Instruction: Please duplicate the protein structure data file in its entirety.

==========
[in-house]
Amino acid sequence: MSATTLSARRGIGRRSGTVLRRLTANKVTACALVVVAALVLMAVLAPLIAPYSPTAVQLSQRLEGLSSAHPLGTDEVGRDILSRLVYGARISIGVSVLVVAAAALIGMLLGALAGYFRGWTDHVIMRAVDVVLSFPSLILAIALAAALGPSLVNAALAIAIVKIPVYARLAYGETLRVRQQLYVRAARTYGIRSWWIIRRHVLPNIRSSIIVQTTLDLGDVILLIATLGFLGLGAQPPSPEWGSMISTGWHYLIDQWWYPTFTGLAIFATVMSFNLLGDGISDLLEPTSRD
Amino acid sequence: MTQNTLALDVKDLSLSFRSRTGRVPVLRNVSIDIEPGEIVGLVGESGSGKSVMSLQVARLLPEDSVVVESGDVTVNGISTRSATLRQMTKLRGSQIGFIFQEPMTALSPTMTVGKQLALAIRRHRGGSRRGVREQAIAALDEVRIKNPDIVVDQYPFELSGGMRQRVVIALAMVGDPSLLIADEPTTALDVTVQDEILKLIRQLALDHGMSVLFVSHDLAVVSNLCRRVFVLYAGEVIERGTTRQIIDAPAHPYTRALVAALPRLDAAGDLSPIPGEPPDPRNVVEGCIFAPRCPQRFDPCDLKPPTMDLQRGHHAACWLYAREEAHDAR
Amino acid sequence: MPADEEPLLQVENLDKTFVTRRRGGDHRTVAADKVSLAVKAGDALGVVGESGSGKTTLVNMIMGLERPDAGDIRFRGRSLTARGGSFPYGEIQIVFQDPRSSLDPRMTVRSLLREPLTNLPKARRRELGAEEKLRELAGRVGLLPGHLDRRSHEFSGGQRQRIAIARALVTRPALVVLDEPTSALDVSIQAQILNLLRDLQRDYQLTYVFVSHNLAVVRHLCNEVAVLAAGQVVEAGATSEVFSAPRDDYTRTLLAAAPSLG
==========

[in-house]
Amino acid sequence: MSATTLSARRGIGRRSGTVLRRLTANKVTACALVVVAALVLMAVLAPLIAPYSPTAVQLSQRLEGLSSAHPLGTDEVGRDILSRLVYGARISIGVSVLVVAAAALIGMLLGALAGYFRGWTDHVIMRAVDVVLSFPSLILAIALAAALGPSLVNAALAIAIVKIPVYARLAYGETLRVRQQLYVRAARTYGIRSWWIIRRHVLPNIRSSIIVQTTLDLGDVILLIATLGFLGLGAQPPSPEWGSMISTGWHYLIDQWWYPTFTGLAIFATVMSFNLLGDGISDLLEPTSRD
Amino acid sequence: MTQNTLALDVKDLSLSFRSRTGRVPVLRNVSIDIEPGEIVGLVGESGSGKSVMSLQVARLLPEDSVVVESGDVTVNGISTRSATLRQMTKLRGSQIGFIFQEPMTALSPTMTVGKQLALAIRRHRGGSRRGVREQAIAALDEVRIKNPDIVVDQYPFELSGGMRQRVVIALAMVGDPSLLIADEPTTALDVTVQDEILKLIRQLALDHGMSVLFVSHDLAVVSNLCRRVFVLYAGEVIERGTTRQIIDAPAHPYTRALVAALPRLDAAGDLSPIPGEPPDPRNVVEGCIFAPRCPQRFDPCDLKPPTMDLQRGHHAACWLYAREEAHDAR
Amino acid sequence: MPADEEPLLQVENLDKTFVTRRRGGDHRTVAADKVSLAVKAGDALGVVGESGSGKTTLVNMIMGLERPDAGDIRFRGRSLTARGGSFPYGEIQIVFQDPRSSLDPRMTVRSLLREPLTNLPKARRRELGAEEKLRELAGRVGLLPGHLDRRSHEFSGGQRQRIAIARALVTRPALVVLDEPTSALDVSIQAQILNLLRDLQRDYQLTYVFVSHNLAVVRHLCNEVAVLAAGQVVEAGATSEVFSAPRDDYTRTLLAAAPSLG